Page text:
The Reason Why Your Small Business’s Assets Are Protected Best By Local Banks
Most small-business owners in Massachusetts understandably maintain accounts at nationally recognized and reputable banks. However, clever business litigation lawyers would suggest small- businesses avoid these types of accounts. During litigation, both parties focus on winning arguments and having courts rule in their favor. Unfortunately, lawyers who have experience winning judgments quickly learn that winning a case means very little if funds cannot be collected from the losing party.
A state court only has the authority to determine matters within its jurisdiction. If your business is found liable and an opposing party is awarded damages, the typical next step would be the filing of a motion to force your business’s bank to seize your account and use the funds towards paying the judgment (known as “trustee process” in Massachusetts). Most businesses have an account at your typical well-known bank with branches in every state. This means that any state court has the authority to subpoena that bank to freeze/seize your business funds.
Savvy Massachusetts business owners who do not have offices or assets located outside of Massachusetts can provide a buffer between themselves and outside state judgments if they have kept their assets in a bank operating exclusively within Massachusetts. A state court outside Massachusetts has no authority over a bank located exclusively in Massachusetts.
The process required for an out-of-state judgment creditor to obtain an executed “foreign judgment” from a Massachusetts court is time-consuming and expensive. Unlike other states, Massachusetts has not yet adopted the Uniform Foreign Judgment Act. Therefore, after obtaining a judgment, a plaintiff would have to hire a Massachusetts attorney to initiate a new case in Massachusetts Court (an ancillary action). The small-business defendant then has a chance to defend itself locally while the out-of-state plaintiff must pay out-of-state court costs.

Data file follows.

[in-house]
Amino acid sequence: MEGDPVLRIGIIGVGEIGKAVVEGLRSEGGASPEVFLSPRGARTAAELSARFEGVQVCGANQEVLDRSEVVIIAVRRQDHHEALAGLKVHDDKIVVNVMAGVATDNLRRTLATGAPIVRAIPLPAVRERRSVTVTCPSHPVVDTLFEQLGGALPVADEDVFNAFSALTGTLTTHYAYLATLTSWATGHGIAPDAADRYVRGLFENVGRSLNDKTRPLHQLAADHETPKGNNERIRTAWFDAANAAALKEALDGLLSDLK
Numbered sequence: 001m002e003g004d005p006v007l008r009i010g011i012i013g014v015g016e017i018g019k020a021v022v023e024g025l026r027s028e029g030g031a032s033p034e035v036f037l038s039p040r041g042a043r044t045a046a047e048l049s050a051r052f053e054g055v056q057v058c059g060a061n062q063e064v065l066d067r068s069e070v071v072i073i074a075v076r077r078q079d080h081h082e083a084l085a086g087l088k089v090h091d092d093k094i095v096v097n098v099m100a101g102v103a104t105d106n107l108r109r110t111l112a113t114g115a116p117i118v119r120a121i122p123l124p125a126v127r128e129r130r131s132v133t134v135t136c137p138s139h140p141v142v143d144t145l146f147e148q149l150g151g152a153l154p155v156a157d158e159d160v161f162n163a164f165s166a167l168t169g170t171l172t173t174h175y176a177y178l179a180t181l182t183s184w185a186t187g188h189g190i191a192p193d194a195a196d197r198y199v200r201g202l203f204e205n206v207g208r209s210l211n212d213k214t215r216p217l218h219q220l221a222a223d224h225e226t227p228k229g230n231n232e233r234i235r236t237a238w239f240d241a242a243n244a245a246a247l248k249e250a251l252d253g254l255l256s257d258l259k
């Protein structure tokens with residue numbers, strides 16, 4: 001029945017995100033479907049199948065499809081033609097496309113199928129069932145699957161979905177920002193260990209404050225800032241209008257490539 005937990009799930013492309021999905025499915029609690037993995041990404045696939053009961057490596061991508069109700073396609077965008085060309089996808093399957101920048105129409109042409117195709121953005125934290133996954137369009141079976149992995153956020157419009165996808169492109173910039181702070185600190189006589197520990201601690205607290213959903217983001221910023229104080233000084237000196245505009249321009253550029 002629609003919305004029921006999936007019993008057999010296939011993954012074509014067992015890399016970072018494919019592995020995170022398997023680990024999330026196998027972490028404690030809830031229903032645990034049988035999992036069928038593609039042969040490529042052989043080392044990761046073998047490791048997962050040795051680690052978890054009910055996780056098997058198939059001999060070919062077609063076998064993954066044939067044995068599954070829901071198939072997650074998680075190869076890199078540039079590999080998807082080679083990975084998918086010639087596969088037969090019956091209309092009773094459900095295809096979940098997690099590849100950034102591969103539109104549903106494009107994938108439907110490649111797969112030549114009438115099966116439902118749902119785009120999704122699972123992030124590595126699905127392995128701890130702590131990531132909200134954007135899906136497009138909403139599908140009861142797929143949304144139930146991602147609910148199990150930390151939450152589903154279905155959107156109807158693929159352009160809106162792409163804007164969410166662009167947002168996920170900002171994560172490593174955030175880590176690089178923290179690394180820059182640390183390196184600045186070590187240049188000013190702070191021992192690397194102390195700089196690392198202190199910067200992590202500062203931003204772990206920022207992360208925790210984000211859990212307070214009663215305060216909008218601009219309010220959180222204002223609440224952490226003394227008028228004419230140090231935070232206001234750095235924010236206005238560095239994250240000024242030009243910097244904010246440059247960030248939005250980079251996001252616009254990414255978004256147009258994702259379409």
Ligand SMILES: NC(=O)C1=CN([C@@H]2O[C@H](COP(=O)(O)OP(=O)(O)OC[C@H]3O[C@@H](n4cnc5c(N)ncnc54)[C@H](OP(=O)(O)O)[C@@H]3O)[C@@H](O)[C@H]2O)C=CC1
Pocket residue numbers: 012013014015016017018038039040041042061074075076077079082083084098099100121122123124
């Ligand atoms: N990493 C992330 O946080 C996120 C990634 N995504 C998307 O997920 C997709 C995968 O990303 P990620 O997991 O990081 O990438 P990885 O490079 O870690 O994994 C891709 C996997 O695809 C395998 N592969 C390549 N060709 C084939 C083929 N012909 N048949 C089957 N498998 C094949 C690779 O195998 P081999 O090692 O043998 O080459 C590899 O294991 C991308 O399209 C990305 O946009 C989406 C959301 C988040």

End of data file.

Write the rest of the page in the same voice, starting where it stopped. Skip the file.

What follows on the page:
However, the existence of the ancillary action process is a deterrent to litigation instead of a true source of protection. There are only a few defenses that a defendant is permitted to use in order avoid the execution of another state’s judgment in Massachusetts. These include whether the foreign state had jurisdiction over the defendant, whether the defendant was properly served, and whether enforcing the judgment would violate Massachusetts public policy. Nevertheless, putting obstacles in the way of a potential plaintiff can make a big difference. Legal bills add up quickly for plaintiffs and the effort and expense of chasing down a judgment often deters litigation.
Small-business owners should do everything in their power to limit liability even if the measures are not iron-clad. One lawsuit can be enough to destroy a small-business. The bank account strategy listed above is especially useful if your small-business sells products online and does not have assets outside of Massachusetts. If you are a small to medium-sized business in Massachusetts looking to limit your liability and protect your business, the experienced business attorneys at The Jacobs Law can help. Contact us at 1-800-652-4783 or at email@example.com.